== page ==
6633 Arctic Ultra: November training update

We're now into December, so here's the 2nd update on my training for the 6633 Arctic Ultra, this'll cover November and a few things coming up this month.  

November has been a bit of a different month compared to last month, the training hours will be slightly different mainly as I did a lot of hours in October due to the TV documentary I was working on and I've had a whole week off (last week) due to sickness, anyway the training hours break down as:

  • Running (pure running): 8hr 50mins
  • Walk/hike/run (mixture of all): 25hr 20mins
  • Strength: 6hr
  • Misc (testing equipment): 1hr 20mins

Last week I went up to Likeys for a training weekend. It was one a half days where we learnt about:

  • Training for the 6633 Arctic Ultra
  • Race conditions (weather, terrain, wildlife, etc)
  • Medical considerations
  • Nutrition & hydration
  • Clothing & equipment selection
  • Sled choice

This was a great weekend. I learnt so much from this training weekend; in fact, I came away even more in awe of the race than before, if that's possible! I was able to meet up with former competitors and 2019 (and 2020) racers too, we were all just full of questions and each as nervous/excited as the others! This training weekend will be vital to the success/failure of the race, thank you to Martin, Sue and the Team at Likeys for putting this together.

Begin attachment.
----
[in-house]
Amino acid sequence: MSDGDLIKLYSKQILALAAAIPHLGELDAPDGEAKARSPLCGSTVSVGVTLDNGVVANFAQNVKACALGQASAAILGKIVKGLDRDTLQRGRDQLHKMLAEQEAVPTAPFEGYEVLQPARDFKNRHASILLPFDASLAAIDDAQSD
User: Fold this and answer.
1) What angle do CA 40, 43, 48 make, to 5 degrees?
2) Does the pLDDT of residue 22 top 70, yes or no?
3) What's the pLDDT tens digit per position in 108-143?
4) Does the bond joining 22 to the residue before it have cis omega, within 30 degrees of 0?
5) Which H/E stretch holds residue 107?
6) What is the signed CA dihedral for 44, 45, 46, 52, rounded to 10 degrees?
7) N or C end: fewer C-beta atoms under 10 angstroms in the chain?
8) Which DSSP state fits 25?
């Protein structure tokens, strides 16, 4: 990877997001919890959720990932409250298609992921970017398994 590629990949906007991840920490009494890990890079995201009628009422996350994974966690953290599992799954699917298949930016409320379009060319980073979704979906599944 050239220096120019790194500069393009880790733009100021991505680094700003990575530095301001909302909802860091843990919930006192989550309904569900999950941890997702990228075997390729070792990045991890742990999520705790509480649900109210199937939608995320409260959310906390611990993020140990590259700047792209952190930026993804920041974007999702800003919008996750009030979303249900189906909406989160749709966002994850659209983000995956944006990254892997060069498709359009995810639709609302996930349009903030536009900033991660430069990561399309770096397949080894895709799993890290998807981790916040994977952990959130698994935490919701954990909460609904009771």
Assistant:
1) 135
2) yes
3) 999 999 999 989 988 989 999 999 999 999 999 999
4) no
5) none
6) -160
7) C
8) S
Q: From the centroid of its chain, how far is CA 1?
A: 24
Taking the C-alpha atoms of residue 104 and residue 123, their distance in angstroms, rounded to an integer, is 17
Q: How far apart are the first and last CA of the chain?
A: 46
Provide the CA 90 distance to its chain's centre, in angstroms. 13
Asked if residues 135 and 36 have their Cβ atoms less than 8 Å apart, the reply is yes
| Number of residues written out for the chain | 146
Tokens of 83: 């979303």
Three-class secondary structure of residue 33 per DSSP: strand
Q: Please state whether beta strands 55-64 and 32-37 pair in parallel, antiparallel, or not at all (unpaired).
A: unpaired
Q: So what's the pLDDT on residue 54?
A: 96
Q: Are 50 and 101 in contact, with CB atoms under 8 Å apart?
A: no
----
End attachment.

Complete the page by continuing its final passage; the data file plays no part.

6633 arctic ultraWith 12 or 13 weeks to go, the training knows starts to get serious and gets much more specific. There will be many more bigger hiking days, lots of big back-to-back training sessions, lots of testing of kit (bivvying out, testing the sleeping system and cooking system) and spending as much time as possible 'on my feet', in all conditions, at different times of the day (yes, night hikes too). During the race we'll be on our feet for 18-20 hours a day, so we have to get the body used to being active for very long periods; it has to feel 'almost' normal to do these kinds of things before we land in Canada in March. This training is going to be a long old slog, but as one adventurer once said "It doesn't have to fun, to be fun!". 

I've also been buying and loaning more 6633 specific equipment. I've managed to borrow a Snow Sled expedition pulk kit from a former competitor, this saves me a lot of money and knowing that this sled has done the job already in the Arctic gives me great confidence in this piece of equipment (and it'll be carrying all my supplies for 9 days, so it has to be 100% on point). I've also bought more base layers (from CRAFT and Montane), some mid layers (from Montane), an outer jacket (from Arcteryx), some Rab liner gloves, a bivy (from Outdoor Research) and lots of strapping and taping supplies (I need to become an expert in taping feet for this adventure!). There's no doubt this trip is very costly, but I can't afford to go into this with sub-standard gear; if I want any chance of finishing (and not coming home with frost bite) I need to be using the best gear. 

If you have any questions about the 6633 Arctic Ultra, the training or equipment, please send them over to me at This email address is being protected from spambots. You need JavaScript enabled to view it.